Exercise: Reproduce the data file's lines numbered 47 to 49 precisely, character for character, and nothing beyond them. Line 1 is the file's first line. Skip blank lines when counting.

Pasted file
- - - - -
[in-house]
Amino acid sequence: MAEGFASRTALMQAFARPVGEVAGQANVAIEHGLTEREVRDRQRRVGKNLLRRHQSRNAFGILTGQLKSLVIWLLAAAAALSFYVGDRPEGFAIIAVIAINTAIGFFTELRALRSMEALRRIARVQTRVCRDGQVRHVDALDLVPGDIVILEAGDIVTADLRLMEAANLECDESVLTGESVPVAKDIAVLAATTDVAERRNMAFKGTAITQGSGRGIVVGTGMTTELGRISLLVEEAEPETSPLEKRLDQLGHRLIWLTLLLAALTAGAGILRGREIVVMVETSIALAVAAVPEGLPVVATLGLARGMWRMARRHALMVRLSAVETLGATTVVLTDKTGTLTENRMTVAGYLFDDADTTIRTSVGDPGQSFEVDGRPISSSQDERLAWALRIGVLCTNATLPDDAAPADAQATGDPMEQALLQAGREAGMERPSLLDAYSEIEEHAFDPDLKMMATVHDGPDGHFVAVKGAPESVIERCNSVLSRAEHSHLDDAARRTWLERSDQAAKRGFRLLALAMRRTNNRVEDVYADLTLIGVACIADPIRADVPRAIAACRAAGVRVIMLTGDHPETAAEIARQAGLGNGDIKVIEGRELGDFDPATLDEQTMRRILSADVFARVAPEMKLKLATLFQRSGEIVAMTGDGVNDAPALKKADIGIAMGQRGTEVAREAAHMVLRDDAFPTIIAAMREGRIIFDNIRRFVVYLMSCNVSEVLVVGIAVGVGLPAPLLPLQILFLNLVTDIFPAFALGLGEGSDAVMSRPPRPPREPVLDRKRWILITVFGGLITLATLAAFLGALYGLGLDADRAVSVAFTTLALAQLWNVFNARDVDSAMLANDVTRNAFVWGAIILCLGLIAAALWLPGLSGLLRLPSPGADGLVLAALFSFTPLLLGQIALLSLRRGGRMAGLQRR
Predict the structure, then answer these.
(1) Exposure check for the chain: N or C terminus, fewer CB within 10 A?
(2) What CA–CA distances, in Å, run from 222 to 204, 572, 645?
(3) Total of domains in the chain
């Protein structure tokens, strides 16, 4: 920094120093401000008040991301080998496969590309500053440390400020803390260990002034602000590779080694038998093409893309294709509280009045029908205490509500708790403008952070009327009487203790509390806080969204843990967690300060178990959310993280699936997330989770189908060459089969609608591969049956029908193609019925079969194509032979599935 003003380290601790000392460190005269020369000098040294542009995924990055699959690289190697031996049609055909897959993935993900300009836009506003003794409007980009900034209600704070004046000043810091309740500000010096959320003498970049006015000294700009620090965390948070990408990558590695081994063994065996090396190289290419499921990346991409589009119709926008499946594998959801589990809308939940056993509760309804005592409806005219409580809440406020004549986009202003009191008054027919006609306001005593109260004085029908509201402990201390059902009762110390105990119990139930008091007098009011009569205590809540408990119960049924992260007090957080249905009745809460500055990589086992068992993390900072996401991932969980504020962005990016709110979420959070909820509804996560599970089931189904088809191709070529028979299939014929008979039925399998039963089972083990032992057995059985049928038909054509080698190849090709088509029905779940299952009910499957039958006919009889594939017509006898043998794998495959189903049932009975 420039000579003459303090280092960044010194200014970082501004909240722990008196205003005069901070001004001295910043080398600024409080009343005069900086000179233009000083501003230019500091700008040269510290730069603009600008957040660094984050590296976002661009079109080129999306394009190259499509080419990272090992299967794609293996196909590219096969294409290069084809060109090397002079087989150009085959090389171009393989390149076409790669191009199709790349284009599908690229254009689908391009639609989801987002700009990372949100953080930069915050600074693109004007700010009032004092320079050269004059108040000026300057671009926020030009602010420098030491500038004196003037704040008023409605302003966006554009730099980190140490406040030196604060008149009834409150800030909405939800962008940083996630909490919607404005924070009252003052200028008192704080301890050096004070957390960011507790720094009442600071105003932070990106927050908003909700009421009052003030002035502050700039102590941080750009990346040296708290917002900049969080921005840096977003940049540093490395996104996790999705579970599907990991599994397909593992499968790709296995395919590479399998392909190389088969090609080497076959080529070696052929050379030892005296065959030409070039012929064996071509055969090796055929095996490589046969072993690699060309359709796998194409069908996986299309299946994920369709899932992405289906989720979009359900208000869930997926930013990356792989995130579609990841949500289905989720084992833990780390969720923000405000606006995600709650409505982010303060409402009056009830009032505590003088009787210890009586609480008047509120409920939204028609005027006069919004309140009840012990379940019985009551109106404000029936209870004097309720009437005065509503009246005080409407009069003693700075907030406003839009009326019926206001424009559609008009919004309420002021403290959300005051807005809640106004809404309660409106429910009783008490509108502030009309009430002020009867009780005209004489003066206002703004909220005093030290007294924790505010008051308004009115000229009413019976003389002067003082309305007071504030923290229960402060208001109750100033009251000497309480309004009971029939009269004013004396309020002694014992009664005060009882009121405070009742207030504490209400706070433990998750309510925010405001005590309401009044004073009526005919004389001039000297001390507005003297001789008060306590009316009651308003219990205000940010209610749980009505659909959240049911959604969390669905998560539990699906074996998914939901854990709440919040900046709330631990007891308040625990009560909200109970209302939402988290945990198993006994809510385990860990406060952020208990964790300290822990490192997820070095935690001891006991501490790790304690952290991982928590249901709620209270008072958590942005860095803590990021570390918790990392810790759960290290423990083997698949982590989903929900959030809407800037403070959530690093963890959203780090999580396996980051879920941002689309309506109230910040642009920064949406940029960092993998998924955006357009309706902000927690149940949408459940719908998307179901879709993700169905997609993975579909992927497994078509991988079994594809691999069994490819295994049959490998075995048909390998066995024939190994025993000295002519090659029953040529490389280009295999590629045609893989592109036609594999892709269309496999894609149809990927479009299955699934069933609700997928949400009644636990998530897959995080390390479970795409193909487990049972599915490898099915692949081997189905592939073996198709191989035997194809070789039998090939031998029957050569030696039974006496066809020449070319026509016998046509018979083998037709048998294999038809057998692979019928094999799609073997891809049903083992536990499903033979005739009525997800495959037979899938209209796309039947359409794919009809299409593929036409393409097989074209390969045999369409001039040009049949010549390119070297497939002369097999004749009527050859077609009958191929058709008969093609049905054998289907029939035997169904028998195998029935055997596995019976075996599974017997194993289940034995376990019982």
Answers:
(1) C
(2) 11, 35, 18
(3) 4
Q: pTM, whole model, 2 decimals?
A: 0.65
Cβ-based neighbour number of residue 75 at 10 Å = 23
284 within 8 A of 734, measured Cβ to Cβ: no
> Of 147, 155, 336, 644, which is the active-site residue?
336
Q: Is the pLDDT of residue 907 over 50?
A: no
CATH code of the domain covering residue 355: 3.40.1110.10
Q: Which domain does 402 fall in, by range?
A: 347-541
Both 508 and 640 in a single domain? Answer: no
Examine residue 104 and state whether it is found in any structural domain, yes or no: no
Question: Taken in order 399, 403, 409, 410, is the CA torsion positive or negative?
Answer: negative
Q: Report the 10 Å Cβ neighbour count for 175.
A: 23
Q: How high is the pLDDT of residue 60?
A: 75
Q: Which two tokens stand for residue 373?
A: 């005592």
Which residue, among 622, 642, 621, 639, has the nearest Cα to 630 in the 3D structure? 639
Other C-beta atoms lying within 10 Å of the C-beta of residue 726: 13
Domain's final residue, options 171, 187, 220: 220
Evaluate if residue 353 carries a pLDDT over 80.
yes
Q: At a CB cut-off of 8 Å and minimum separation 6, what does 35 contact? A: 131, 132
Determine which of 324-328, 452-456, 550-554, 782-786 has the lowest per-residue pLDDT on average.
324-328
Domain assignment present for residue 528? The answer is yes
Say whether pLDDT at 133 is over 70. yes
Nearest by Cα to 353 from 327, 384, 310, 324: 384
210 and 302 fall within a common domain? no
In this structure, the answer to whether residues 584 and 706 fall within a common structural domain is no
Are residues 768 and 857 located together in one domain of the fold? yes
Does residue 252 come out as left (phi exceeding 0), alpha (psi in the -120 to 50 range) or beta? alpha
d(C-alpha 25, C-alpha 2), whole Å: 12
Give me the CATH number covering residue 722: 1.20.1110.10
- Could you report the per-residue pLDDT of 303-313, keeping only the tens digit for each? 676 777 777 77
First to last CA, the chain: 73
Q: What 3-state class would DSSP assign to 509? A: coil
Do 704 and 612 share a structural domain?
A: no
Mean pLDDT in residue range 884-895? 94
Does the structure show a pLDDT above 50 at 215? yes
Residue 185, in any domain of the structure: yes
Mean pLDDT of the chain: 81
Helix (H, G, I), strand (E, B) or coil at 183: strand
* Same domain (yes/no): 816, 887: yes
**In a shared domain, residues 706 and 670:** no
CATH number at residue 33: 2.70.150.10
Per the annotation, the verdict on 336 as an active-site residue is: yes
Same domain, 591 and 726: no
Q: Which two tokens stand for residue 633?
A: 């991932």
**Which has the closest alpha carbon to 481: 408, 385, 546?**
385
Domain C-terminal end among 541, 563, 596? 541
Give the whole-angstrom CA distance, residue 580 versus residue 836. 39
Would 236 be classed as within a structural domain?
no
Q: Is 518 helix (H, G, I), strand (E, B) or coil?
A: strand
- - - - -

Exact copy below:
Does residue 252 come out as left (phi exceeding 0), alpha (psi in the -120 to 50 range) or beta? alpha
d(C-alpha 25, C-alpha 2), whole Å: 12
Give me the CATH number covering residue 722: 1.20.1110.10